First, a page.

ScInfoNet Librarian, Kevin Lindstrom,
has been hired for two years to design
and launch the experimental service.
The main objective is to improve access
to library services for the Faculties of
Science and Applied Science. Kevin
works in the Geological Sciences, Civil
Engineering/Mechanical Engineering
and Chemistry/Physics departmental
reading rooms. ScInfoNet services
include access to UBCLIB, the Library's
online catalogue, current awareness
based on Current Contents on Diskette,
and online searching. For more
information, please call 822-9598. Data Library News
On the move
In December, the Data Library is
moving from the Computer Sciences
building to the south wing of Main
Library, in the Map Library area. Since
its inception in 1972, the Data Library
has been jointly administered by the
UBC Library and University
Computing Services (UCS). Recently
the Library and UCS agreed to transfer
all responsibility for the Data Library to
the UBC Library. The Library is
committed to continuing support of the
Data Library as a core service function.
Under the new administrative
arrangements, the Data Library will
relocate to the Main Library building
until completion of the Phase I Library
New Data Extraction Service —
we'll get the numbers for you!
Starting this term, the Data Library is
offering a new service. If any of the
following applies to you, we encourage
you to investigate our new cost-
recovered Data Extraction Service:
♦ don't know how to retrieve data
from Data Library tapes?
♦ needed the numbers yesterday?
♦ don't have an MTS-G account?
♦ don't know or want to learn
Data Library staff can retrieve data
from their files for you and deliver
them either on floppy disk or as MTS-
G or UNIXG disk files ready for you to
download to your own computer. The
basic charge for this service is $40.00
per hour ($60.00 per hour for custom
programming), with a minimum
charge of $20.00.
We've just started this service on a trial
basis, and it's available to UBC faculty,
students and staff. Please call the Data
Library at 822-5587 for further
information, or send an e-mail message
to Hilde_Colenbrander@mtsg.ubc.ca.
The Data Library is located in the
Computer Sciences Building Room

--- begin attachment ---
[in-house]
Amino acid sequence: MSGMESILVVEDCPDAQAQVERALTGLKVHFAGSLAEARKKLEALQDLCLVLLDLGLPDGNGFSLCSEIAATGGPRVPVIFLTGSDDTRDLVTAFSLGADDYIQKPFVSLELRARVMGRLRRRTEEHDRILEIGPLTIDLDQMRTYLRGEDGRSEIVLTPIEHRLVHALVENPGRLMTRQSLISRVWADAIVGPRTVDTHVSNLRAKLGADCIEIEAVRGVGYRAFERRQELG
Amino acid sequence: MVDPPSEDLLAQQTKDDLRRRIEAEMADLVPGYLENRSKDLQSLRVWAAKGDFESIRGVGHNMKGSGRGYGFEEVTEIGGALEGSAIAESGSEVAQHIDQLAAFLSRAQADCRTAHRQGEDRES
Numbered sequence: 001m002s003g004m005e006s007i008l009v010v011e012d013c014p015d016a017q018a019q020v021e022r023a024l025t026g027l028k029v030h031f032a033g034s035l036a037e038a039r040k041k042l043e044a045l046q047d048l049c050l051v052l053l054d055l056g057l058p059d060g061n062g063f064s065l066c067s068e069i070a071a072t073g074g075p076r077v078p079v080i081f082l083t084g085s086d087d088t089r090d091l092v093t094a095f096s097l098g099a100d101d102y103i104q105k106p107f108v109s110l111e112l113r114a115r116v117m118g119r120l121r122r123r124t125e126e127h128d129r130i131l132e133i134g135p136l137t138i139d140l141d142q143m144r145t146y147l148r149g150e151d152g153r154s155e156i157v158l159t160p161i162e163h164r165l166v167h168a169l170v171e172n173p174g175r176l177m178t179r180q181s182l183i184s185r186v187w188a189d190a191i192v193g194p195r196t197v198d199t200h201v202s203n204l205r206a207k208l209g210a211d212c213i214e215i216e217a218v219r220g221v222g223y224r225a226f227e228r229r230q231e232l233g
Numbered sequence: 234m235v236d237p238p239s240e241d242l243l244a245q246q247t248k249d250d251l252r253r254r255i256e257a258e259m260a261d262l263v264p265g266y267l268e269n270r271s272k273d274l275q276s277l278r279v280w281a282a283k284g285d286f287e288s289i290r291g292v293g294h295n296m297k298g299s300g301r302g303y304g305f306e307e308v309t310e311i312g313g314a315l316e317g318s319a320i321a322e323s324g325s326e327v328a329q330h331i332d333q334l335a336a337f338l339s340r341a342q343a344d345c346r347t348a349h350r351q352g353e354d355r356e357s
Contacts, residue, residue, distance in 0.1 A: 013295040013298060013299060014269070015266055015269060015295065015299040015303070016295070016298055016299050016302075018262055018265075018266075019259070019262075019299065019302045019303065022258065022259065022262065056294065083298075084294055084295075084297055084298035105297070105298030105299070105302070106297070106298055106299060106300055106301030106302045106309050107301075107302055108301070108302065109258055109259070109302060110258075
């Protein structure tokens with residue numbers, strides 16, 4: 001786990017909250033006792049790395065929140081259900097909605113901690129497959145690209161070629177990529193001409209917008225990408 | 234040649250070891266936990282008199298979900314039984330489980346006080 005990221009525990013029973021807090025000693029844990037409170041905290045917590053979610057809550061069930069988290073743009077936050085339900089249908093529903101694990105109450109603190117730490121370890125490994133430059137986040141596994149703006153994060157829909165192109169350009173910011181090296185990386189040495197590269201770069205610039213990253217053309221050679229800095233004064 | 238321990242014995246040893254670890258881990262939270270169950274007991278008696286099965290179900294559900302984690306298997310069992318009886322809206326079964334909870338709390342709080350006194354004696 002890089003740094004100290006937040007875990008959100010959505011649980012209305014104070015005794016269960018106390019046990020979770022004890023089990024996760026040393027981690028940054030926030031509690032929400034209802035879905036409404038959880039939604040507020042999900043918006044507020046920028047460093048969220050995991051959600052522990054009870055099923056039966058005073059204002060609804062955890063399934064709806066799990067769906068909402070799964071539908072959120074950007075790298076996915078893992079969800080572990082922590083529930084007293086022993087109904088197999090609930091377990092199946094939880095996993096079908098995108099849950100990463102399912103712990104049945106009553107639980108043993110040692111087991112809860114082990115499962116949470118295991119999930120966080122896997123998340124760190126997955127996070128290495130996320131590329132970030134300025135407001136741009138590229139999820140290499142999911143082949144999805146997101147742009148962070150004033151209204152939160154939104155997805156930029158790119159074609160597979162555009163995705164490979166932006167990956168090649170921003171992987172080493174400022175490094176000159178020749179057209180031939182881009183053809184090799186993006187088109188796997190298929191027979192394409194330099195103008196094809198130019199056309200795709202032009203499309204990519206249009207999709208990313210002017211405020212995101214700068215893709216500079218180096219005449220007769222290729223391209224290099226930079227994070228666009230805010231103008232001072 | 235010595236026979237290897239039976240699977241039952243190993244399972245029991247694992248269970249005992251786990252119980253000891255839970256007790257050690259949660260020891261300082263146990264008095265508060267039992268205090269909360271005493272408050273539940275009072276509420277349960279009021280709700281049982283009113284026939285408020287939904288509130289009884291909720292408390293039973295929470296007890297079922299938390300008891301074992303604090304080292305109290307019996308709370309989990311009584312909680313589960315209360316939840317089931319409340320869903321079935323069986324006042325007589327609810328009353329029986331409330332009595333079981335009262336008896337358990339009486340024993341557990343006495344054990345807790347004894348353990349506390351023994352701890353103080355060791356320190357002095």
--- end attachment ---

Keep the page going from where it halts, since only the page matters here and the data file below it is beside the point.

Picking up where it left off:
206, and is open Monday to Friday,
9:00 a.m. to 4:00 p.m.
u\c Thivv Millionth Book
Leza Macdonald, photographer
University Librarian Ruth Patrick and President David Strangway in front of
the Library's Three Millionth Book display at the 2nd annual UBC Authors'
Reception on October 15th. Over 100 UBC authors were honoured at the
Reception, sponsored by the University Library and Office of the President.
Libraries Cooperate to
Endangered Materials
In response to the problem of acidic
paper on which most books have been
printed for the past century, and the
growing problem of deteriorating and
increasingly brittle books in its
collections, the UBC Library is one of
five Canadian libraries participating in
the Canadian Cooperative
Preservation Project (CCPP). This is an
initiative funded by a Mellon grant
and designed to establish a national
program of preservation microfilming.
The CCPP has set up standards for
quality in filming, and procedures for
safe processing, handling and storing
of microfilms. Just as importantly, the
Canadian Register of Microform
Masters, a national database of
catalogue records of items filmed and
items being filmed, has also been set
up to coordinate filming reduce the
chances of duplication of effort, and
facilitate access by users.
The UBC project has already filmed
endangered materials in several
subject areas: for the Education
Library, a long run of Department of
Education Annual Reports,
Curriculum guides from the 1920's,
school magazines and other materials;
for the University Archives, a long run
of Graduate Chronicles and Alumni
Chronicles, and the whole run of the
Totem Annuals; and for Government
Publications Division, the productions
of obsolete offices like the B.C. Bureau
of Provincial Information.
Future plans include further materials
in all three areas, as well as a
remarkable collection of Chinese
monographs for the Asian Centre.
Suggestions for filming are welcome;
please call Norman Amor (822-3858)
in the Facilities & Preservation Office
if you know of likely material.
A CCPP workshop on preservation